Subculture on Main strives to raise awareness of the diversity of people and important issues on the Lawrence University campus. Care is taken to give equal platform to unique individuals and to listen to their stories with an open mind. Interviews are reflective only of the interviewee and are not representative of their whole group.
Meeting Sterling Clarke Ambrosius for an interview shed some light on their experience within some of Lawrence’s niche communities. At the beginning of the interview, Sterling was read a definition of the word subculture to introduce the idea that we all belong to smaller groups under the larger culture here at Lawrence and, by extension, the world. With that in mind, they identified student organization, neurodiverse and queer communities as being the most important groups to which they belong.
They describe being a part of LUCC as, “A channel to advocate for other students.” They currently act as student chair of the organization. Speaking on the LGBTQ+ community, Ambrosius said, “[Q]ueerness, to me, is everything from gender to sexuality to the romantic spectrum. I am both a trans enby (nonbinary person) and queer.” Ambrosius then talked about a much lesser-known group on campus. “Neurodiversity to me is like not having regular moods, learning disabilities and essentially the neurological spectrum … it’s everything from focus to social cues to mood disorders.”
Here, neurodiversity means functioning and processing that deviates from what is considered typical. Those who might identify with the neurodiverse community may have autism spectrum disorder, ADHD or be considered gifted. Of course, this is not an exhaustive list of the diversity of this vibrant community, only a sample of who might relate.
“I would say that these groups,” commented Ambrosius, “represent a lot of people who would normally be considered weird and out there. A lot of us, and this is not speaking on behalf of the community, but a lot of us don’t necessarily fit in with the rest of campus. I mean, I certainly don’t. There is the constant barrage of people thinking, ‘Wow, that’s weird’ and that really comes from conformity to [cisheteronormative] societal standards. Add in the neurodiversity, not getting social cues and having a hard time focusing on one thing, stuff like that definitely causes people to look at you differently. There are the people on campus who are just accepting, and I would say that’s most of the campus. But then there are the other people who want to baby you once they find out that you’re neurodivergent. And then there are the people who think that you should just be normal.”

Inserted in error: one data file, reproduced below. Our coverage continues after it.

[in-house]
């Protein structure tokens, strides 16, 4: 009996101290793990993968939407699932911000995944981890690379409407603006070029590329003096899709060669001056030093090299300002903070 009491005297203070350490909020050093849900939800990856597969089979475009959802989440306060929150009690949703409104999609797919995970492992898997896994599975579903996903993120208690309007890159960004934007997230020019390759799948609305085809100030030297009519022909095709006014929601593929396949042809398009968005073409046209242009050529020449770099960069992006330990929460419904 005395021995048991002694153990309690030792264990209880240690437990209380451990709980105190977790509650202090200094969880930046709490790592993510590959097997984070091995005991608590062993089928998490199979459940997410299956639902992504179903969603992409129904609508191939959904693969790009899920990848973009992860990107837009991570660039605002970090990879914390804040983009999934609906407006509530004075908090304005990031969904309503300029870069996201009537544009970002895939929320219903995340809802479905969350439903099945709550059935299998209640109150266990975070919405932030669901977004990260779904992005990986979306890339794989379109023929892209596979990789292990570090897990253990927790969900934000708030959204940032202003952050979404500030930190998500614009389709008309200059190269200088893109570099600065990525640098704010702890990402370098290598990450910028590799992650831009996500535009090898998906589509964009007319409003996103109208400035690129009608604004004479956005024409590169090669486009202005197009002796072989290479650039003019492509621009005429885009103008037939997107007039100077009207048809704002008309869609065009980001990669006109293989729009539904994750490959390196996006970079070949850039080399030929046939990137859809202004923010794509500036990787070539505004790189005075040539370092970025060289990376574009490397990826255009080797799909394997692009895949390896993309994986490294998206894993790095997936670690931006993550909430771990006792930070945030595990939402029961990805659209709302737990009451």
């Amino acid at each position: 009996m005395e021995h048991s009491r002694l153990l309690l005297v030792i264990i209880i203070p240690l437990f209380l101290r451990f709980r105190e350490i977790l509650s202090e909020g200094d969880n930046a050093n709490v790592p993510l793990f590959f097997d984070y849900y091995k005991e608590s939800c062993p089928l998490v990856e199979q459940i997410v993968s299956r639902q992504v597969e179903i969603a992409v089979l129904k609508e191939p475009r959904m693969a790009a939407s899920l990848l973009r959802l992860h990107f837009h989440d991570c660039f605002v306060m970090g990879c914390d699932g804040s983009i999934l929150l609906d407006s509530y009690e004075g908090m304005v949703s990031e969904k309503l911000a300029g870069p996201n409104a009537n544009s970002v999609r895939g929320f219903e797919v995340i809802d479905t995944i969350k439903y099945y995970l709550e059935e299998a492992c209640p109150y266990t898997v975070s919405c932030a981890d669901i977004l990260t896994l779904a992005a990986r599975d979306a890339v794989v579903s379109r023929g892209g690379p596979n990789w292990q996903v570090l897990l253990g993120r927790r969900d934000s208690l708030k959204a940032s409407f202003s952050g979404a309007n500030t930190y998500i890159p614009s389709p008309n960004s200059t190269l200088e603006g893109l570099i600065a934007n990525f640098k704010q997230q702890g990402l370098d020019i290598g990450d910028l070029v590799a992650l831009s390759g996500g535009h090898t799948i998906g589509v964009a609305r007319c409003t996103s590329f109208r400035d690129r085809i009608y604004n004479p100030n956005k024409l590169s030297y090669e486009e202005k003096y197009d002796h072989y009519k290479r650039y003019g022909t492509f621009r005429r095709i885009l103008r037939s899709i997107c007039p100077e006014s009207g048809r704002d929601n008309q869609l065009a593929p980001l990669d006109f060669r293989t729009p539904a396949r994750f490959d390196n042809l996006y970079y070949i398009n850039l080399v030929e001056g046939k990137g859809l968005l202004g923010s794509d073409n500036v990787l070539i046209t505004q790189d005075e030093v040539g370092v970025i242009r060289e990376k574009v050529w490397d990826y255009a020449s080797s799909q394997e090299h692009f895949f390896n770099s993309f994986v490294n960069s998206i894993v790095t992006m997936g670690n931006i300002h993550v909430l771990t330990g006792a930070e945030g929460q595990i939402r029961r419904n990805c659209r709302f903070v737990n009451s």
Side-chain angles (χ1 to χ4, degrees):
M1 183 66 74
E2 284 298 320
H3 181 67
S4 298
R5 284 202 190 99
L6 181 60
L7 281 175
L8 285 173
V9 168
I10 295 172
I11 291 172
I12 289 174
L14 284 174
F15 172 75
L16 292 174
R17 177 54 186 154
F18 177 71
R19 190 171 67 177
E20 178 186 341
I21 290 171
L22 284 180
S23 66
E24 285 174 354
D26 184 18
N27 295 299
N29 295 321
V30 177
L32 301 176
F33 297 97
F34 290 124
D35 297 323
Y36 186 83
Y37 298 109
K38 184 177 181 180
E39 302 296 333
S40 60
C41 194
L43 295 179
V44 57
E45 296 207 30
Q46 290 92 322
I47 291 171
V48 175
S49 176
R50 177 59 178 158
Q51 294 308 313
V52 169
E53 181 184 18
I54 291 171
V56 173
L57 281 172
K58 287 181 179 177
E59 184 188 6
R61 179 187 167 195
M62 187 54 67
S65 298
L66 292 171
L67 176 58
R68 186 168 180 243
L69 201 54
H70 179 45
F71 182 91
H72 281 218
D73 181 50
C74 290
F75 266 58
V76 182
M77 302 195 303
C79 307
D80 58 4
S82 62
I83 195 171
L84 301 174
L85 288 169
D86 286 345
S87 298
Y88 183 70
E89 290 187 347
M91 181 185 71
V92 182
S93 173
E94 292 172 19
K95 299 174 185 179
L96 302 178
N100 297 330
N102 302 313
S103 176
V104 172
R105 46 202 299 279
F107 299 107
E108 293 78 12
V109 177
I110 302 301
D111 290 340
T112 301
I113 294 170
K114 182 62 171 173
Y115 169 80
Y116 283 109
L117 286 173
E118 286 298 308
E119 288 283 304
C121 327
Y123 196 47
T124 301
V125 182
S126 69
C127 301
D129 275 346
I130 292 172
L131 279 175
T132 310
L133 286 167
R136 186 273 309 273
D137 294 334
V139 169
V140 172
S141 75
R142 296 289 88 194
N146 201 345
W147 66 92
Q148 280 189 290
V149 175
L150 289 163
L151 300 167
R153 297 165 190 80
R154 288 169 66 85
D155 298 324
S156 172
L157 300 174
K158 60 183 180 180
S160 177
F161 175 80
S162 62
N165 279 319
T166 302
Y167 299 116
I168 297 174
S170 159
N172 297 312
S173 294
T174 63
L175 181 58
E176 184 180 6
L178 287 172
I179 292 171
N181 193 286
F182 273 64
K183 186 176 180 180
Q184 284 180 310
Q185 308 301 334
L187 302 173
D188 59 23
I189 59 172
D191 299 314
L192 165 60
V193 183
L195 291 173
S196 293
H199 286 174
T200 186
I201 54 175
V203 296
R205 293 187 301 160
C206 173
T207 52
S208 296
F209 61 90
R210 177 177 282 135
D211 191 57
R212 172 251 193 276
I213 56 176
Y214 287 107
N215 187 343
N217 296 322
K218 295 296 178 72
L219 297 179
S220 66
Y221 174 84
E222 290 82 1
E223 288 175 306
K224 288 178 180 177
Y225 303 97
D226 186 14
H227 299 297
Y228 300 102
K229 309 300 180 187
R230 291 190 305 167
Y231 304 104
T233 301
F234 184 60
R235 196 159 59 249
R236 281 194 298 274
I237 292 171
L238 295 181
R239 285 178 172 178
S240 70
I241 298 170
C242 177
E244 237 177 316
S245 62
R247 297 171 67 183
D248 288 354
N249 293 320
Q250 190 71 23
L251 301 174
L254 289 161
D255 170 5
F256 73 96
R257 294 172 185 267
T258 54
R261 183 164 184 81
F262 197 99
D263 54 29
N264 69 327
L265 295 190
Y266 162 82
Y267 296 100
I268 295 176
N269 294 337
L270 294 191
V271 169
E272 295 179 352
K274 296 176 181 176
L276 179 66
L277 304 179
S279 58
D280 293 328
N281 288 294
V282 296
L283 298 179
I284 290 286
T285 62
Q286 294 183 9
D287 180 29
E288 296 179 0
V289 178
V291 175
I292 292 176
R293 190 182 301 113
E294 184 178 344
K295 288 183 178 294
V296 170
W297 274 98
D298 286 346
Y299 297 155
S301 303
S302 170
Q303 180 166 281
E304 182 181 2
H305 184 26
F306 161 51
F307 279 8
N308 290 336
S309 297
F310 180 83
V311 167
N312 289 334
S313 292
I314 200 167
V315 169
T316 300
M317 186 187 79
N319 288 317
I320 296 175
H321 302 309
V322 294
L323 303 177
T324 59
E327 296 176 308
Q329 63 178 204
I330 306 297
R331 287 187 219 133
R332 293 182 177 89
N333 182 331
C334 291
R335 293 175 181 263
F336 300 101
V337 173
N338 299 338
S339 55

Ambrosius went on to identify some wishes for their communities. “For the neurodivergence, I wish people would stop expecting people to just understand [implied messages]… I wish that people would stop doing things like expecting you to know perfectly how to behave in a room or how to react to something because I’m still functional and I still do my job and I’m still passionate about the advocacy work that I do.”
“I’m queer but I always question myself before I say something about my gender or my sexuality because queer subculture in and of itself is very different from heteronormativity… I think one of the things that I would love to do more, but I’m always scared to do…is doing things like wearing heels or putting on a dress because I’m going out there and I’m presenting the way I want to present and that’s a scary thought.”
Addressing the issue of identity overall, Ambrosius concluded with, “[The] important thing about being part of the neurodivergent group is having people get that you might not always be up to society’s standards… there’s a lot of crossover with [the neurodivergent group] and the queer group. Society called us freaks so we got a lil’ freaky. And now, at least when I’m with my friends, I try to be a little bit more myself which has been always been a little freaky.”
Ambrosius likes to spend time with like-identifying people, spending time with friends and LUNG (Lawrence University Neurodiversity Group) club. They would like to increase intersectionality and diversity on campus through their student advocacy involvement with LUCC. There are some issues within each community, they remarked, but overall there is a strong sense of unity that is aiming to be more inclusive.
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